Ramadan in space: Emirati astronaut weighs up ways to fast
Emirati astronaut Sultan al-Neyadi is considering the ways he will fast from dawn to sunset while in orbit during the holy month of Ramadan.
The 41-year-old astronaut, nicknamed the Sultan of Space, will blast off on 26 February for the International Space Station (ISS) aboard a SpaceX Falcon 9 rocket.
The month of Ramadan, which will fall during his six-month journey, between March and April, is a challenge Neyadi is planning for.
'On average, there are 16 sunrises and sunsets daily... When do you start and break your fast?'
- Sultan al-Neyadi, Emirati astronaut
"The ISS travels quickly... meaning it orbits around the Earth in 90 minutes," he told reporters in Dubai. "On average, there are 16 sunrises and sunsets daily... When do you start and break your fast?"
Neyadi plans to stick to the GMT time used on the ISS.
Stay informed with MEE's newsletters
Sign up to get the latest alerts, insights and analysis, starting with Turkey Unpacked
"I will prepare for the month of Ramadan with the intention to fast," he said.
Islamic laws permit those who are on long-distance journeys or are unwell to abstain from fasting.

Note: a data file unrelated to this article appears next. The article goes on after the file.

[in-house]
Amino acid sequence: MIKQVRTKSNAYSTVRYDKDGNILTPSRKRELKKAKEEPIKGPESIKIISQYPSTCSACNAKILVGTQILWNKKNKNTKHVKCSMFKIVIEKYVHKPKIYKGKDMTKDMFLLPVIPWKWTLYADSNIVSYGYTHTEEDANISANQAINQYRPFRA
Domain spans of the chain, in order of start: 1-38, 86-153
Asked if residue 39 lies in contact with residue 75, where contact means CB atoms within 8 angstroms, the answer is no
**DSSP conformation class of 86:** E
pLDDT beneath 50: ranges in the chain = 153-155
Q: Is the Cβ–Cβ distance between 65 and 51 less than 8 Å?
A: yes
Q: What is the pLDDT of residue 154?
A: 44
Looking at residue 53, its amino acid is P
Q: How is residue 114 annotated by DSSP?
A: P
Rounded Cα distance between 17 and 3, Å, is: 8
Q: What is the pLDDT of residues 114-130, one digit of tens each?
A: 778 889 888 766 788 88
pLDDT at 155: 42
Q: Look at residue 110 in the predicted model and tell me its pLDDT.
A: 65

Neyadi, who served in the Emirati military for 20 years, is the second astronaut from the United Arab Emirates (UAE) to travel to space after Hazzaa al-Mansoori's eight-day mission in 2019.
He studied electronics and communications engineering in Britain and then completed a PhD in data leakage prevention technology at Griffith University in Australia.
The astronaut said six months "may seem like a long time, but I don't mind because the schedule is packed."
He will be studying the impacts of microgravity on the human body in preparation for future missions to the Moon and Mars.
The UAE is a newcomer to the world of space exploration but is quickly making its mark.
In March 2021, it sent an unmanned spacecraft to Mars, the Arab world's first interplanetary mission, and last year sent a rover to the Moon.
Neyadi said he was "happy" to embark on the mission and would take along "pictures of my family, maybe some toys that belong to my children".
"I will also take my jiu-jitsu uniform because of my love for the sport," he added.
Middle East Eye delivers independent and unrivalled coverage and analysis of the Middle East, North Africa and beyond. To learn more about republishing this content and the associated fees, please fill out this form. More about MEE can be found here.